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Book Reviews

Missuk's Snow Geese

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Two polar bears snuggle in the snow under the startling green of the Northern Lights. A fairytale-like opening—“This story happened many springs ago”—leads to the introduction of Missuk, a young Inuit girl who prefers soapstone to seal fur.

If only Missuk could carve snow geese as well as her father does! But despite his teaching, she still can’t “find the graceful bird in the stone.” She overcomes her frustration by instead imprinting geese in the snow while happily honking to the migrating birds overhead. Her patterns play an unexpected role in a night of gales and snowy spirals.

Author Anne Renaud has lived in Northern Quebec and her experiences there inspired this gentle Arctic tale, her fourth work for children. She pays careful attention to small details, such as the sewing of a seal-fur mitten with a caribou-bone needle, and this gives her story a powerful sense of place.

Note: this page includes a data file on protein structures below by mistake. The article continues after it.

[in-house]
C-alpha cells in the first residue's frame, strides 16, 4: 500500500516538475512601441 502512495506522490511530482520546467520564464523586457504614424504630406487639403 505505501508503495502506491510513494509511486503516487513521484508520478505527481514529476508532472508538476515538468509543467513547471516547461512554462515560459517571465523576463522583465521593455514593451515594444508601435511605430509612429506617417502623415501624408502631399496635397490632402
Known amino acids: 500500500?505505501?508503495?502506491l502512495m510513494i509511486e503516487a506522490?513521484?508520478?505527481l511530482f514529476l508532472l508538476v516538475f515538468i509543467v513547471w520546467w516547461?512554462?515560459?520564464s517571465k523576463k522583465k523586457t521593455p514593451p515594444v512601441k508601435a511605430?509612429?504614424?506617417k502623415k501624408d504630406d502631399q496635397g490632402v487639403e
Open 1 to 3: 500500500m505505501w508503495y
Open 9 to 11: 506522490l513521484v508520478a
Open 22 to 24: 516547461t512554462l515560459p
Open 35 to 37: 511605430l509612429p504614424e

Geneviève Côté has illustrated several children’s books and won a prestigious Governor General’s Literary Award in 2007 for her illustration of La petite rapporteuse de mots. Her intriguing mixed-media illustrations use a limited range of colors, predominantly blue, lilac, and brown, to capture the essence of the frozen land. The style is simple: noses, for example, are represented by triangles. Yet she portrays a broad range of emotions, such as Missuk’s wide-smile experience of serene geese-imprinting joy.

As the tale closes Missuk is bubbling with a newfound confidence, and her delight is contagious. This memorable story of life in the far north will leave

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